Hot Topics: Global Ethics

Blog Posts (4)

March 29, 2017

I am a refugee, an immigrant and an American

Our Managing Editor, Bela Fishbeyn published a very moving account of her experiences as an immigrant to the United States. This highlights the schizophrenic nature of our nation’s attitudes and history towards immigrants and refugees.…

March 3, 2017

BioethicsTV: Communication Challenges

by Craig Klugman, Ph.D.

Chicago Med (Season 2, Episode 15) focused on problems with communication These ranged from offered a guide to when not to work with the media, violating HIPAA, to talking to students about dangerous treatments.…

February 21, 2017

Ethics, refugees, and the President’s Executive Order

by Nancy Kass, ScD
There are different political philosophies about the responsibilities of states regarding whether to accept refugees. While there is a political philosophy that might be called Nationalist in perspective that says, essentially, “Not my Problem,” the predominant philosophy globally is different.…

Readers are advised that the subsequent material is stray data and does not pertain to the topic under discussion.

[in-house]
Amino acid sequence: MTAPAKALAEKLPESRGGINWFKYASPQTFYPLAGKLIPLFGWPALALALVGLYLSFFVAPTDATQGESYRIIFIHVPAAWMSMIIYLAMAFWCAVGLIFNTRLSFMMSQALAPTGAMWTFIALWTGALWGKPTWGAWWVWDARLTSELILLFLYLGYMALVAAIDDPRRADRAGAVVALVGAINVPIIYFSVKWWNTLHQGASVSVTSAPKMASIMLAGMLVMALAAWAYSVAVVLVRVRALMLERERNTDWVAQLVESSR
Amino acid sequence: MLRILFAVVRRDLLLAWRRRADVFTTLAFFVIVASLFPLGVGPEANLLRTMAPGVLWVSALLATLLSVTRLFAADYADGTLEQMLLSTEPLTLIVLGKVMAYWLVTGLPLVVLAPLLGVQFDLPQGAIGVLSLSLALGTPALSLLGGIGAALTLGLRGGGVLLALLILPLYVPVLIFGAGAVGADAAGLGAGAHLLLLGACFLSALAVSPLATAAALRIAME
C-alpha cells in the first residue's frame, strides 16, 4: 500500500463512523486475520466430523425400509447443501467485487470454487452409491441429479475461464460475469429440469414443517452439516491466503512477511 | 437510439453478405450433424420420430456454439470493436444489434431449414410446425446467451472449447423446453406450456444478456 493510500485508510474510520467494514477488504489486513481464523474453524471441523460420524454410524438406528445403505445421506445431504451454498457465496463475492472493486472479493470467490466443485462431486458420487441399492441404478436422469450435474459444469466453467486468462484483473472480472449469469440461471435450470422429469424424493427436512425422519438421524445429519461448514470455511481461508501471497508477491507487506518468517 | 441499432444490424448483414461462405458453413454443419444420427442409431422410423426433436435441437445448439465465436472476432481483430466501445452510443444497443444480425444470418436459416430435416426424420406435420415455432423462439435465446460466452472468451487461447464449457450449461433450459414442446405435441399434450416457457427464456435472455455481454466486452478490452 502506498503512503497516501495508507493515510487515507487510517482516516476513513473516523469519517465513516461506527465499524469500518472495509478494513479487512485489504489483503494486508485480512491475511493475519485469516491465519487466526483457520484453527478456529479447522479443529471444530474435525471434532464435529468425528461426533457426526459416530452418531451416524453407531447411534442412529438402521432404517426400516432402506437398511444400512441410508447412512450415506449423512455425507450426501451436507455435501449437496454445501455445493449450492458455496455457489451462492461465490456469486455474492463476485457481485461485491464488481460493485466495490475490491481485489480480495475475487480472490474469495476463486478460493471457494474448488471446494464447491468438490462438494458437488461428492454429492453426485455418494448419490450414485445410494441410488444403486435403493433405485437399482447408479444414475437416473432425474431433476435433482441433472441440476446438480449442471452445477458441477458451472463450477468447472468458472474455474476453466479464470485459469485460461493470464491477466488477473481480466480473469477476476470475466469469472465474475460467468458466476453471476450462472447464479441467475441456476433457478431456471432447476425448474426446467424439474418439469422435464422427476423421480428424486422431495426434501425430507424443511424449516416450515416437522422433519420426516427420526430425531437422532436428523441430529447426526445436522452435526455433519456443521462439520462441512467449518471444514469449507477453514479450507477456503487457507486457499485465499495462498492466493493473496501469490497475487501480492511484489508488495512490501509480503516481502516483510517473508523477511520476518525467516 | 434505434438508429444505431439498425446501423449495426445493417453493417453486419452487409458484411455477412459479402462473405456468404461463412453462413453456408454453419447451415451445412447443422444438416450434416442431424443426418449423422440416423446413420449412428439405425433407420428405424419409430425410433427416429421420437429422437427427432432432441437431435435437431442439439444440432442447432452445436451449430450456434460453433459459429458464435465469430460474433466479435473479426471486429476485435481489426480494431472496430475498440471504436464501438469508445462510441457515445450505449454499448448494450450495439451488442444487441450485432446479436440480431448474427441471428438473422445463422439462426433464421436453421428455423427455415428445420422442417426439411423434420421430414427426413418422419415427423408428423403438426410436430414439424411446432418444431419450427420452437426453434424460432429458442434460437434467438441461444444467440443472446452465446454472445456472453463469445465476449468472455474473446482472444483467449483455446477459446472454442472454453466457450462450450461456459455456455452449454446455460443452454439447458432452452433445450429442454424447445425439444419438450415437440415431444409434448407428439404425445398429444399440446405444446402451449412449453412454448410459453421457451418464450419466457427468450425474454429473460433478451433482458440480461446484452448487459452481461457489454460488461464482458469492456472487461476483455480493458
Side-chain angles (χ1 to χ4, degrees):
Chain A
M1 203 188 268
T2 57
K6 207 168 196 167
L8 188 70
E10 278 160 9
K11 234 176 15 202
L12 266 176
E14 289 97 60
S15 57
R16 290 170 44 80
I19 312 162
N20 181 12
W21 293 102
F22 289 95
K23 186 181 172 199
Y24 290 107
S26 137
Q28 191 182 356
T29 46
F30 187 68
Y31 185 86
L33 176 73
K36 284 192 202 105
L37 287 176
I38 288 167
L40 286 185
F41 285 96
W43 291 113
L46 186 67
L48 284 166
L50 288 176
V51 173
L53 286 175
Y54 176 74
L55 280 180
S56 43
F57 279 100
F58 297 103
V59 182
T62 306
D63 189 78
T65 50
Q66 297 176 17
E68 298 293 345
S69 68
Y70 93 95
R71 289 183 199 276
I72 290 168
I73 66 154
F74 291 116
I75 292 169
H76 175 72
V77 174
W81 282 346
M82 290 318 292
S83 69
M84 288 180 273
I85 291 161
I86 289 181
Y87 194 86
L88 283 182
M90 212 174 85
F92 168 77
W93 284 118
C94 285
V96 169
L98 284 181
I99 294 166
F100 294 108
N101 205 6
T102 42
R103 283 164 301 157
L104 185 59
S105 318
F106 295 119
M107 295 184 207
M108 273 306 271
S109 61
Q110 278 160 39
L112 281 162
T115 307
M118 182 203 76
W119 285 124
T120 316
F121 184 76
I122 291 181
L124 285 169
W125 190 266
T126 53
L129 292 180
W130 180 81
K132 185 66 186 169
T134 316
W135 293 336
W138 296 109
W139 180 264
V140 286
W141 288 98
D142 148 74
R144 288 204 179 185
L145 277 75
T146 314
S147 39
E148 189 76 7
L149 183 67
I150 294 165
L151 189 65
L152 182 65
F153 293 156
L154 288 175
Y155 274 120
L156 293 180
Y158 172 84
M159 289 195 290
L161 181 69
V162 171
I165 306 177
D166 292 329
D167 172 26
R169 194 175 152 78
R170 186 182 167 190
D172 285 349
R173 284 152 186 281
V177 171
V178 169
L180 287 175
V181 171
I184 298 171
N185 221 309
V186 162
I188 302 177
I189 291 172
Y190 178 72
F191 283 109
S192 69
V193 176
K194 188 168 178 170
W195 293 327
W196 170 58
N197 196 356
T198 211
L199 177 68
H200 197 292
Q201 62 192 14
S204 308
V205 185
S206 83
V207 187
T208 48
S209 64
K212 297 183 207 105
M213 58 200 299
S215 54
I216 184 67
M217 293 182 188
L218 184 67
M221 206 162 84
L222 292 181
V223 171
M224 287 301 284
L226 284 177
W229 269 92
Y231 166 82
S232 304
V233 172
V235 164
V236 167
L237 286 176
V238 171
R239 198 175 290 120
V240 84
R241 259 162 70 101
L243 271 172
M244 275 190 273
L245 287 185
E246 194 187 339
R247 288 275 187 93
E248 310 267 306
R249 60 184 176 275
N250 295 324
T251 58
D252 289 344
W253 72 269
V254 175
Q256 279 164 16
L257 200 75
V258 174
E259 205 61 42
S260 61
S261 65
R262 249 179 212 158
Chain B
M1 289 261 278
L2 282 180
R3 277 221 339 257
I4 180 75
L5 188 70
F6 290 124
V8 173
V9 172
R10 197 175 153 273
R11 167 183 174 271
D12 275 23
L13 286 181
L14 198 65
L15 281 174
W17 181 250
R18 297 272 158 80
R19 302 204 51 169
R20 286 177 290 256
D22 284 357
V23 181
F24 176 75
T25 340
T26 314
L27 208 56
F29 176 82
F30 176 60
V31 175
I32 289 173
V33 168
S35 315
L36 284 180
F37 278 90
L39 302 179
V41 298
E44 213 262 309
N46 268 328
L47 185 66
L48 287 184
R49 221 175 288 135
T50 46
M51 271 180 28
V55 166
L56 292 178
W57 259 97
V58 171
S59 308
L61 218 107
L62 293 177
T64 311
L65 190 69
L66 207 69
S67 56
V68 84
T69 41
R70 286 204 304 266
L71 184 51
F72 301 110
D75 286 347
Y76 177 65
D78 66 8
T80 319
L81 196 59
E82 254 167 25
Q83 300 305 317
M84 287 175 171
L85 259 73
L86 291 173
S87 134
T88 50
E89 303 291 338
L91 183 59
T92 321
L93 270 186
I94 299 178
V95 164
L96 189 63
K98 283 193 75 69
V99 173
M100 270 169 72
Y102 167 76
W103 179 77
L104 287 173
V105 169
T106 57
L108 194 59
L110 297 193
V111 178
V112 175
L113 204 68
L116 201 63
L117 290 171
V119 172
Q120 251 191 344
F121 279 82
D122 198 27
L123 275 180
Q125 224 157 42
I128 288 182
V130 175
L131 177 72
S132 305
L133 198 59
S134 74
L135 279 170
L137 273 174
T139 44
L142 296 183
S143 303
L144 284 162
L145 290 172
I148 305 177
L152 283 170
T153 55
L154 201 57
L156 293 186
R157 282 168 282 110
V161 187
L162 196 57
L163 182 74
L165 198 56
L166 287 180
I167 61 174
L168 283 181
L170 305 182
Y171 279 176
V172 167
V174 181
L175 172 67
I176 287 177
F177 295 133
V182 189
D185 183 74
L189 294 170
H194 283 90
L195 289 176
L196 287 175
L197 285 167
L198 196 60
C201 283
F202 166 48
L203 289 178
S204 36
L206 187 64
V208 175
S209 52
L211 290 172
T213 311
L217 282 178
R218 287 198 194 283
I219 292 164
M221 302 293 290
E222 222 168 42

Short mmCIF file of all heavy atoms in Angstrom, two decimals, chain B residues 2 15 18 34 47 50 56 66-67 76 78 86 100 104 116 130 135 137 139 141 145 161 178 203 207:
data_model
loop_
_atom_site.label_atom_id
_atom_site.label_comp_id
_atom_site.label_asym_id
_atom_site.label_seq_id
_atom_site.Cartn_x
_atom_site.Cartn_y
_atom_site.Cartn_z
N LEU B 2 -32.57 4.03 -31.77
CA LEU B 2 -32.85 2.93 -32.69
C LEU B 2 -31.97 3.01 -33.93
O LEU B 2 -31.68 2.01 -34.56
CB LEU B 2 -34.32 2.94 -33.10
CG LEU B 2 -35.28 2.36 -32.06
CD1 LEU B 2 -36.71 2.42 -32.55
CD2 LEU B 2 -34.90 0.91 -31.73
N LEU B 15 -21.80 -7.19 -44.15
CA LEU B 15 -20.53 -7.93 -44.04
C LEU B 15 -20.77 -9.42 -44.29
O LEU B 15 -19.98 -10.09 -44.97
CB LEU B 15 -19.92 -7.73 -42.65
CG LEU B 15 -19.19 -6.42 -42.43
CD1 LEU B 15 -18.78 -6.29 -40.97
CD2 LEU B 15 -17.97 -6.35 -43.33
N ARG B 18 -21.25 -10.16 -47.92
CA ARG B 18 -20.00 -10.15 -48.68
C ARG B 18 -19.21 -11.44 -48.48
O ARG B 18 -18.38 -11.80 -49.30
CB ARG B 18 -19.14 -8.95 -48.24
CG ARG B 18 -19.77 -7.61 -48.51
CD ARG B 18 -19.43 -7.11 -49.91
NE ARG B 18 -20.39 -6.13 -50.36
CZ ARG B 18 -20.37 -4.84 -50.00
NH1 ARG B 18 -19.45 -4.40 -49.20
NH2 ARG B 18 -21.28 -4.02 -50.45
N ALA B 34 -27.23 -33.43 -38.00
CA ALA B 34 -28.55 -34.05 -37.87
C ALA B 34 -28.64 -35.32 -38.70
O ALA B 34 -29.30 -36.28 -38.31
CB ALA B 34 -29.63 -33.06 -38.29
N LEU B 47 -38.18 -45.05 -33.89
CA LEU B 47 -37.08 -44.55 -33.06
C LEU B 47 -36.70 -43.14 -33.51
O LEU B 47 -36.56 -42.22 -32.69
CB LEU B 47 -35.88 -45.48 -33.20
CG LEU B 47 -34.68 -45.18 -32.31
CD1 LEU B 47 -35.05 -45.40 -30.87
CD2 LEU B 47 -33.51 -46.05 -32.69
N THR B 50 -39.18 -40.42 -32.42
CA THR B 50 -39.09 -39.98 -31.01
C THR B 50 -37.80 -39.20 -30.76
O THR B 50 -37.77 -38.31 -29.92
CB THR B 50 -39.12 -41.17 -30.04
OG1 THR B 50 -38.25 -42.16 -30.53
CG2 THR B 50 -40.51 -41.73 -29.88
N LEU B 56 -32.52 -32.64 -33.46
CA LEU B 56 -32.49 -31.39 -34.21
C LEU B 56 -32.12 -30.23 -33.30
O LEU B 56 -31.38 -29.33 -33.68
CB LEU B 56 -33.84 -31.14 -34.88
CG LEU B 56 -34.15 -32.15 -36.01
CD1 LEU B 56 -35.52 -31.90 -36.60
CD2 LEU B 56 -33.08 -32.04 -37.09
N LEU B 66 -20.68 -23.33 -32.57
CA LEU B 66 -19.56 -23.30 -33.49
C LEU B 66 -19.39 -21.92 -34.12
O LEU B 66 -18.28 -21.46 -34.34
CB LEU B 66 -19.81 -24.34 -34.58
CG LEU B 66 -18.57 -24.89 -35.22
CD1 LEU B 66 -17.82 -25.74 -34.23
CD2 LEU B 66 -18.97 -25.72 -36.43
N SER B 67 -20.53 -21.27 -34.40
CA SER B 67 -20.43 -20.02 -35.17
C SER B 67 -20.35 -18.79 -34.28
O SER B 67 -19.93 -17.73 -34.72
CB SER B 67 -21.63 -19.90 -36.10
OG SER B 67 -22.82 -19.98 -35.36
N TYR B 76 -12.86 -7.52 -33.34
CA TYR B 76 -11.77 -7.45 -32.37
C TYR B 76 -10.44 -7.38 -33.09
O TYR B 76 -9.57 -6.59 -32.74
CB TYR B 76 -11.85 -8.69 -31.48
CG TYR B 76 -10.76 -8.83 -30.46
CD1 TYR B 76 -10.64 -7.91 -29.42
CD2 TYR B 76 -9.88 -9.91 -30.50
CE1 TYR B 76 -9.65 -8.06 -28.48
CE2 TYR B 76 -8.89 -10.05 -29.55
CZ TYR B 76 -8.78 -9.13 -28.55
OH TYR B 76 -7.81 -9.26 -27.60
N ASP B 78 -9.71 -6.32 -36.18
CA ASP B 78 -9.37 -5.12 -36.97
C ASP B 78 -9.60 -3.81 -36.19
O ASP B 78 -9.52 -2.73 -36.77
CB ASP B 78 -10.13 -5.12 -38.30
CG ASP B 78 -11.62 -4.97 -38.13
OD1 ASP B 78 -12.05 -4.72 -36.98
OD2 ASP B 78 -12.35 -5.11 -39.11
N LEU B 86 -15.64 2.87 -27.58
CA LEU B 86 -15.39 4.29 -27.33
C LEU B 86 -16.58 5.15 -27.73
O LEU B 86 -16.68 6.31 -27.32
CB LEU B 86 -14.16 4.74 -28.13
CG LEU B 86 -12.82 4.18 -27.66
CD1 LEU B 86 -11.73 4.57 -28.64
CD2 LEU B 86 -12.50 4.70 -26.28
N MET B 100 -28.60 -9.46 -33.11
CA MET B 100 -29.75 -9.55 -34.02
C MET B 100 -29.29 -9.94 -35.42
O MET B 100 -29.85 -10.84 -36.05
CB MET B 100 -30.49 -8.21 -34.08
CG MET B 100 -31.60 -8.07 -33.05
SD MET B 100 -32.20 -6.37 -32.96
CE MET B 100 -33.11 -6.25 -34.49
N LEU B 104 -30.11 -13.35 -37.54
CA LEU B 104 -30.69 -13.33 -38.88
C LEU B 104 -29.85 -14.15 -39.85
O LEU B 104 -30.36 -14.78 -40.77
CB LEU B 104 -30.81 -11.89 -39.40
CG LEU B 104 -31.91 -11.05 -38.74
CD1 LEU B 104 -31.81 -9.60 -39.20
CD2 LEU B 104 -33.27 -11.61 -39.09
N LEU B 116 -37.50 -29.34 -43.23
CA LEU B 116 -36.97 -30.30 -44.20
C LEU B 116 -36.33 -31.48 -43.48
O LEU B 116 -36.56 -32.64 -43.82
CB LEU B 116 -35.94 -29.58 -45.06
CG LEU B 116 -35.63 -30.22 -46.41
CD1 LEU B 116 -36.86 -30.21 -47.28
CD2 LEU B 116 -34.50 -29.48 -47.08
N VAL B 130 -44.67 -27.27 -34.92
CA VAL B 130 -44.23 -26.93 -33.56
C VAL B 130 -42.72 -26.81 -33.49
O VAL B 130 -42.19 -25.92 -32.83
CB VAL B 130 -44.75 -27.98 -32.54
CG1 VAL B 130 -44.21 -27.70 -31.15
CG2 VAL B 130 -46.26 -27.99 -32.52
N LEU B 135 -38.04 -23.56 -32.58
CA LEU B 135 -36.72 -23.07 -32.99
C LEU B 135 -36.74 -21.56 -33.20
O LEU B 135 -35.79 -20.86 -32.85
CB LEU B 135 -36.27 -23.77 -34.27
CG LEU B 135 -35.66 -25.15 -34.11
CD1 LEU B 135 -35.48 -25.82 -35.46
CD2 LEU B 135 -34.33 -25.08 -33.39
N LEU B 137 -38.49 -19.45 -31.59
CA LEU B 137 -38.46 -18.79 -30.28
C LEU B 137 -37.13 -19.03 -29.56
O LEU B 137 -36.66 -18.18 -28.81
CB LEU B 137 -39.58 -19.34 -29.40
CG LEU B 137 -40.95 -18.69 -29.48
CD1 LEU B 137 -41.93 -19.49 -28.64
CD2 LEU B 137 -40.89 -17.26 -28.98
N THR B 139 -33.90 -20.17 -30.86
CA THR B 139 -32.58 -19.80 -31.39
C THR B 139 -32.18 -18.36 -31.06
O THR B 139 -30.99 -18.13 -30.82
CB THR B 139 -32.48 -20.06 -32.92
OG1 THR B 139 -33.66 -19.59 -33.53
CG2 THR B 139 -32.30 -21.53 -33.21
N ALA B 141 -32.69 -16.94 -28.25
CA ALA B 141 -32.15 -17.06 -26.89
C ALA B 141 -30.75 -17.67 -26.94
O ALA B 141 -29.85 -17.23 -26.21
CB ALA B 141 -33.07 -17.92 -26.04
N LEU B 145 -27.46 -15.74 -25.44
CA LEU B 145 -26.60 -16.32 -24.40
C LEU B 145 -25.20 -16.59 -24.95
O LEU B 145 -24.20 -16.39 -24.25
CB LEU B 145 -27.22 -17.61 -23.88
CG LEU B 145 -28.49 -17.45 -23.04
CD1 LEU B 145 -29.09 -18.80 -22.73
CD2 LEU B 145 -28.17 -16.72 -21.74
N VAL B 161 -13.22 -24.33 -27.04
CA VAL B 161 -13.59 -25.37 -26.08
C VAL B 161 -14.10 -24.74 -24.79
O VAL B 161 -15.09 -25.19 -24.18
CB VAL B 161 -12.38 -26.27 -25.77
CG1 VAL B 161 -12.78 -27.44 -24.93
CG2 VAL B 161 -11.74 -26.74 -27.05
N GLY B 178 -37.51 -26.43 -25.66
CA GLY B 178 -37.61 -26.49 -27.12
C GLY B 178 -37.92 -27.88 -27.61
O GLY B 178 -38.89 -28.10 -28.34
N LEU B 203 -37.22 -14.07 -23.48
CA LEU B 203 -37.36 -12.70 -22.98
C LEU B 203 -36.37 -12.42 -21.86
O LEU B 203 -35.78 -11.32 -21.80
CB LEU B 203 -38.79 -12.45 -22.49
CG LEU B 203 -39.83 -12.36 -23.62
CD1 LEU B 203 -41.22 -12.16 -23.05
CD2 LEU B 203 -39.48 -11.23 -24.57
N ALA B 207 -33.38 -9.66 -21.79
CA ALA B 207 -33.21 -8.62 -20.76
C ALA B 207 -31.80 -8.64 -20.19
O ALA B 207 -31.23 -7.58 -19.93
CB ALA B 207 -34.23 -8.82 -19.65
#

December 14, 2016

The Ethics of Climate Change Activism: Fear vs. Reality

STUDENT VOICES By: Chelsea Zantay This essay is in response to the Carnegie Council for Ethics in International Affairs video clip “Global Ethics Forum: Ethics Matter: A Conversation with Bill McKibben.”   Often when a problem is too big or too scary we throw up our hands and announce that “there is nothing we can do” … More The Ethics of Climate Change Activism: Fear vs. Reality

Published Articles (2)

American Journal of Bioethics: Volume 17 Issue 5 - May 2017

Ethics, Refugees, and the President's Executive Order Nancy E. Kass

American Journal of Bioethics: Volume 16 Issue 10 - Oct 2016

Governance of Transnational Global Health Research Consortia and Health Equity Bridget Pratt & Adnan A. Hyder

News (23)

May 15, 2017 9:00 am

Ebola virus disease – Democratic Republic of the Congo (WHO)

On 11 May 2017, the Ministry of Health (MoH) of DRC informed WHO that of the five samples collected from suspected cases, one tested positive by RT-PCR for Ebola virus subtype Zaire at the Institut National de Recherche Biomédicale (INRB) in Kinshasa. Additional specimens are currently being tested and results, including sequencing, are awaited to describe the outbreak.